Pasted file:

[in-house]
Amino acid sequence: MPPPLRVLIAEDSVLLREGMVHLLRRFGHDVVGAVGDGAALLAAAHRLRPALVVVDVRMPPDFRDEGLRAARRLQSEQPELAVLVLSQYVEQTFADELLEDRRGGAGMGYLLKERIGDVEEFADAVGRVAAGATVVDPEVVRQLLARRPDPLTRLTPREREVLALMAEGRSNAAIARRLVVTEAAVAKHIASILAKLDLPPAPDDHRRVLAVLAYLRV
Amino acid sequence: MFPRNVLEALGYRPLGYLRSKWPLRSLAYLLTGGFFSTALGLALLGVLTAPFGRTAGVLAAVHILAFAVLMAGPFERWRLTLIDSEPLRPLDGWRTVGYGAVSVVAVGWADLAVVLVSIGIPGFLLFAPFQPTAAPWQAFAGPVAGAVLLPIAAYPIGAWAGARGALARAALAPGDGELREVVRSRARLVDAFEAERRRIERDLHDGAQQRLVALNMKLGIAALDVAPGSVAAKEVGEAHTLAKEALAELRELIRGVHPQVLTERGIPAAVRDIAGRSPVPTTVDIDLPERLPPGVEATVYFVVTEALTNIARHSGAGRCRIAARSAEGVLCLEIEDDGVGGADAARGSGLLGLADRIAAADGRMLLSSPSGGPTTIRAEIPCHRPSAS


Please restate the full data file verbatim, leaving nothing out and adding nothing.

[in-house]
Amino acid sequence: MPPPLRVLIAEDSVLLREGMVHLLRRFGHDVVGAVGDGAALLAAAHRLRPALVVVDVRMPPDFRDEGLRAARRLQSEQPELAVLVLSQYVEQTFADELLEDRRGGAGMGYLLKERIGDVEEFADAVGRVAAGATVVDPEVVRQLLARRPDPLTRLTPREREVLALMAEGRSNAAIARRLVVTEAAVAKHIASILAKLDLPPAPDDHRRVLAVLAYLRV
Amino acid sequence: MFPRNVLEALGYRPLGYLRSKWPLRSLAYLLTGGFFSTALGLALLGVLTAPFGRTAGVLAAVHILAFAVLMAGPFERWRLTLIDSEPLRPLDGWRTVGYGAVSVVAVGWADLAVVLVSIGIPGFLLFAPFQPTAAPWQAFAGPVAGAVLLPIAAYPIGAWAGARGALARAALAPGDGELREVVRSRARLVDAFEAERRRIERDLHDGAQQRLVALNMKLGIAALDVAPGSVAAKEVGEAHTLAKEALAELRELIRGVHPQVLTERGIPAAVRDIAGRSPVPTTVDIDLPERLPPGVEATVYFVVTEALTNIARHSGAGRCRIAARSAEGVLCLEIEDDGVGGADAARGSGLLGLADRIAAADGRMLLSSPSGGPTTIRAEIPCHRPSAS